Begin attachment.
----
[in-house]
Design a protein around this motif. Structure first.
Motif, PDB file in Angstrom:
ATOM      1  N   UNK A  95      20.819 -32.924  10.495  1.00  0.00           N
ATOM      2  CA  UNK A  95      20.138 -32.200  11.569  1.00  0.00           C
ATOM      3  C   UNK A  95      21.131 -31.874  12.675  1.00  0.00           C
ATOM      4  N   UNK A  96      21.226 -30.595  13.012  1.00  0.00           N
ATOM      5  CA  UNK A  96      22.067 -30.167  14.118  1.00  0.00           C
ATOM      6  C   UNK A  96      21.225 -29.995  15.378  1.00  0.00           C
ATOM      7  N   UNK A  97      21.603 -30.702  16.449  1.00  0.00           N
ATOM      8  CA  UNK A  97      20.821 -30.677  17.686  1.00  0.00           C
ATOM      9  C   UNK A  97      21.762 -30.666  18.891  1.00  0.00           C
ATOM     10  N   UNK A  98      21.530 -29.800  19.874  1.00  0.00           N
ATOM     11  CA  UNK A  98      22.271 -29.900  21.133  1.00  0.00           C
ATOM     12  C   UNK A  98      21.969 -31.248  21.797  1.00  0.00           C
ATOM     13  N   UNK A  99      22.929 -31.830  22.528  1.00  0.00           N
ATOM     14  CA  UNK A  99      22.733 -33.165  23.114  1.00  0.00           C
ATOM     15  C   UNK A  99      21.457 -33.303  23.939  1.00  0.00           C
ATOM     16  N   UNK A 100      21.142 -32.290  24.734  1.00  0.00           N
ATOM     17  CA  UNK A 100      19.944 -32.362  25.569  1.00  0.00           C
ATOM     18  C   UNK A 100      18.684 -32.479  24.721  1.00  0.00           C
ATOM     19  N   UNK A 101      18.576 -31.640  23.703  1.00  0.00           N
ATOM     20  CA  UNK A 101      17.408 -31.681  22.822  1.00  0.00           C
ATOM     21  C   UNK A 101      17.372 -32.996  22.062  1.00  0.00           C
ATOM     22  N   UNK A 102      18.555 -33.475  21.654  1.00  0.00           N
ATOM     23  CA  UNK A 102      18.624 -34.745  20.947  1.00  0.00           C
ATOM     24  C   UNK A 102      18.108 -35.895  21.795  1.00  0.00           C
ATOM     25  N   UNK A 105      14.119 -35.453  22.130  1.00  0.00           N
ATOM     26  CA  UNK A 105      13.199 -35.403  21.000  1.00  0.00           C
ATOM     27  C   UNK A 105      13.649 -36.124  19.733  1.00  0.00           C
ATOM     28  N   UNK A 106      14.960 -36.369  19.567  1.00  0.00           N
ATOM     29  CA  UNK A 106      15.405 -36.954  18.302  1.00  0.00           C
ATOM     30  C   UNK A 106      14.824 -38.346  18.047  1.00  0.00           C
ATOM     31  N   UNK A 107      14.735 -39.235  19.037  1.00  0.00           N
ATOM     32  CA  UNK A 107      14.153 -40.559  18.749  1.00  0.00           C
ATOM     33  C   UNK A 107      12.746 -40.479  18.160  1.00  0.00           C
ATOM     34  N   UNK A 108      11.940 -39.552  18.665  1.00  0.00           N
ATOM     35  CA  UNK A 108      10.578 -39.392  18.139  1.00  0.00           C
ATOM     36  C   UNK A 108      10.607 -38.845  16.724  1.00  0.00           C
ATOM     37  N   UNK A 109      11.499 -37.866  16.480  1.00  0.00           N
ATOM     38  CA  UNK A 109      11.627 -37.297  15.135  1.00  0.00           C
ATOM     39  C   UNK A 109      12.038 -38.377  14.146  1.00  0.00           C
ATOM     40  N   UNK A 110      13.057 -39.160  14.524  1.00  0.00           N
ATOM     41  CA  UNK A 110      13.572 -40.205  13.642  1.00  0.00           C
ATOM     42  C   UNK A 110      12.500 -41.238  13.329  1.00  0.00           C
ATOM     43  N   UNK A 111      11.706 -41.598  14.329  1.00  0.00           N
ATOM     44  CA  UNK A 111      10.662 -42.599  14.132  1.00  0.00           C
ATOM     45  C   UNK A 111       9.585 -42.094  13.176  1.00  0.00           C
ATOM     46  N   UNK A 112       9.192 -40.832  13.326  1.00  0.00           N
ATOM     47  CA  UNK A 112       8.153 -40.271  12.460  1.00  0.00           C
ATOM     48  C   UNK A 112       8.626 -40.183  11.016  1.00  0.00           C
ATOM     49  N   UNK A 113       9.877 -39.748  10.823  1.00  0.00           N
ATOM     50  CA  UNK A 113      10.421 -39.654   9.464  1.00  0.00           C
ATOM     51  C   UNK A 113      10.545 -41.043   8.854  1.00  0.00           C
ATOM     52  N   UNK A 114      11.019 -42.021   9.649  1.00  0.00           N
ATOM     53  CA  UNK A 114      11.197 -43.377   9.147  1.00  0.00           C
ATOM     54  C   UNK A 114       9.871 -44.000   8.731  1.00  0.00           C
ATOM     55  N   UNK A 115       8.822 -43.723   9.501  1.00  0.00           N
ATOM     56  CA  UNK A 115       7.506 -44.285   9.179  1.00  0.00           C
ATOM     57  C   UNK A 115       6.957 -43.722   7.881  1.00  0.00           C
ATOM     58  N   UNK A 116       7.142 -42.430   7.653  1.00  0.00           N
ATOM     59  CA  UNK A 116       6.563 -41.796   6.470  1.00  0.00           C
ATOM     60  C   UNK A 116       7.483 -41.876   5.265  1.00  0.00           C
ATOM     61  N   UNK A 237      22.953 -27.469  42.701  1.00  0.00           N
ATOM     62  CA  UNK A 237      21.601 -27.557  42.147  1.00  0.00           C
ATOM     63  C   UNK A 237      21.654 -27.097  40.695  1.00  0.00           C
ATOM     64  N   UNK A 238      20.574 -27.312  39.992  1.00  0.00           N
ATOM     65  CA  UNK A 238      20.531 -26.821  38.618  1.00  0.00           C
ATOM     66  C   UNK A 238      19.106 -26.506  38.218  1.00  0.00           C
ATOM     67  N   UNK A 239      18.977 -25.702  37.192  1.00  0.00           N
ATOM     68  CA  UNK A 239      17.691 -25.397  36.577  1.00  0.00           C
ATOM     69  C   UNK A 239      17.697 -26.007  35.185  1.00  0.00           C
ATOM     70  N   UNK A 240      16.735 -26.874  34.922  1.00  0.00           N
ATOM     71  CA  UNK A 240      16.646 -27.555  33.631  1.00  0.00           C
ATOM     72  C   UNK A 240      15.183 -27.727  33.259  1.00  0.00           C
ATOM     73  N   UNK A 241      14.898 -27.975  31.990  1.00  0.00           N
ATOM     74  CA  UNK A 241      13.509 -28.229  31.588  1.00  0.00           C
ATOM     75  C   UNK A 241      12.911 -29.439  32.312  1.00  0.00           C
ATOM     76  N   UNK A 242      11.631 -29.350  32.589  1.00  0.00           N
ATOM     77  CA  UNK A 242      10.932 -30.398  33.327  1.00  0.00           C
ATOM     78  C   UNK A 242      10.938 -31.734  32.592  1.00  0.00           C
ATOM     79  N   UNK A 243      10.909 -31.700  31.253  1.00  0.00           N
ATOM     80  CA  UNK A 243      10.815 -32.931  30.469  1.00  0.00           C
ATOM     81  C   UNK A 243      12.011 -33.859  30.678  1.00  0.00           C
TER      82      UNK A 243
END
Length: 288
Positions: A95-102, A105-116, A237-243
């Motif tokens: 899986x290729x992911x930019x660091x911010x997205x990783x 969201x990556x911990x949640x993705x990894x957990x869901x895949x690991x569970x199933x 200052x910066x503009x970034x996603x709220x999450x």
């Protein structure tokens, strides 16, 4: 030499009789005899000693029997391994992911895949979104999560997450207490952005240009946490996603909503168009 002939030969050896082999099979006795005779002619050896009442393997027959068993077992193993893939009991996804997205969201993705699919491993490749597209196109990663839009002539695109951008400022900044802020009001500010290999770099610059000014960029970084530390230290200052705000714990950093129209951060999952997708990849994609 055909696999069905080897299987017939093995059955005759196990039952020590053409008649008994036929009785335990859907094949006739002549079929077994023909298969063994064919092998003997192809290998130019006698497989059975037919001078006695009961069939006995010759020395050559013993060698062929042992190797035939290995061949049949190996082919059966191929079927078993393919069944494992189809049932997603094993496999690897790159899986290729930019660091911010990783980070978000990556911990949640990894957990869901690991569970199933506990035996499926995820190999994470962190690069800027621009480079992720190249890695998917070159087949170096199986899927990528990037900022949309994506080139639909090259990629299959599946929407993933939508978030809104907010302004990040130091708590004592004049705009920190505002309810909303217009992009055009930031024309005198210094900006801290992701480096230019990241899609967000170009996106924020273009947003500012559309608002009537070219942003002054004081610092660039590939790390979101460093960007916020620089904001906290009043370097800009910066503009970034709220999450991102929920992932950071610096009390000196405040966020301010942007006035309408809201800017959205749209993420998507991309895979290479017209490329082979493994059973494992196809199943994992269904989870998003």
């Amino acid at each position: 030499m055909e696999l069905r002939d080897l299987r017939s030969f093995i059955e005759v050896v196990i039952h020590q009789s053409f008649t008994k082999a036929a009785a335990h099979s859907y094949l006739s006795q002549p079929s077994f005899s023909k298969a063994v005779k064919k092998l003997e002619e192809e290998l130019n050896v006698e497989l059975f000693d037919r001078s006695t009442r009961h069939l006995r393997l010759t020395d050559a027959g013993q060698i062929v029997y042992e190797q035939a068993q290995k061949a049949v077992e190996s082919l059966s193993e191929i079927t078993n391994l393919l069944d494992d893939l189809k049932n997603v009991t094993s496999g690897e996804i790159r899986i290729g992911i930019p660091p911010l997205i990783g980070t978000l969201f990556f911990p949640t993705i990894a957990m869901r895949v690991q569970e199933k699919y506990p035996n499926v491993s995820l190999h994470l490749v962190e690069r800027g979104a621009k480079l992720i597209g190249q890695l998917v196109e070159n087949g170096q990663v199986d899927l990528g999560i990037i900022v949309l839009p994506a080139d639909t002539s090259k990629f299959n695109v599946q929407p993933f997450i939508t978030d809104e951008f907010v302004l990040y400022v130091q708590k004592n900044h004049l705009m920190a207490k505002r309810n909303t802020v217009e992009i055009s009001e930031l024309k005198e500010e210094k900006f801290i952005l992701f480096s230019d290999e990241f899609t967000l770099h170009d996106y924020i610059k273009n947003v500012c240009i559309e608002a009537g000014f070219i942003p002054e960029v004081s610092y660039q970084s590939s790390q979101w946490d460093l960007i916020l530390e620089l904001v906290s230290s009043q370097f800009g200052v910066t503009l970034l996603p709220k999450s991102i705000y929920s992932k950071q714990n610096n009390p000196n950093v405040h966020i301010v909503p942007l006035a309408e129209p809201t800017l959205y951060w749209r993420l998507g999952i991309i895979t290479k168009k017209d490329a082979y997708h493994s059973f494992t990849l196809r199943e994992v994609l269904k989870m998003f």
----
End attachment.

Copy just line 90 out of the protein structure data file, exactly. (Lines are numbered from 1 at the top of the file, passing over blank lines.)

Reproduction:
């Protein structure tokens, strides 16, 4: 030499009789005899000693029997391994992911895949979104999560997450207490952005240009946490996603909503168009 002939030969050896082999099979006795005779002619050896009442393997027959068993077992193993893939009991996804997205969201993705699919491993490749597209196109990663839009002539695109951008400022900044802020009001500010290999770099610059000014960029970084530390230290200052705000714990950093129209951060999952997708990849994609 055909696999069905080897299987017939093995059955005759196990039952020590053409008649008994036929009785335990859907094949006739002549079929077994023909298969063994064919092998003997192809290998130019006698497989059975037919001078006695009961069939006995010759020395050559013993060698062929042992190797035939290995061949049949190996082919059966191929079927078993393919069944494992189809049932997603094993496999690897790159899986290729930019660091911010990783980070978000990556911990949640990894957990869901690991569970199933506990035996499926995820190999994470962190690069800027621009480079992720190249890695998917070159087949170096199986899927990528990037900022949309994506080139639909090259990629299959599946929407993933939508978030809104907010302004990040130091708590004592004049705009920190505002309810909303217009992009055009930031024309005198210094900006801290992701480096230019990241899609967000170009996106924020273009947003500012559309608002009537070219942003002054004081610092660039590939790390979101460093960007916020620089904001906290009043370097800009910066503009970034709220999450991102929920992932950071610096009390000196405040966020301010942007006035309408809201800017959205749209993420998507991309895979290479017209490329082979493994059973494992196809199943994992269904989870998003």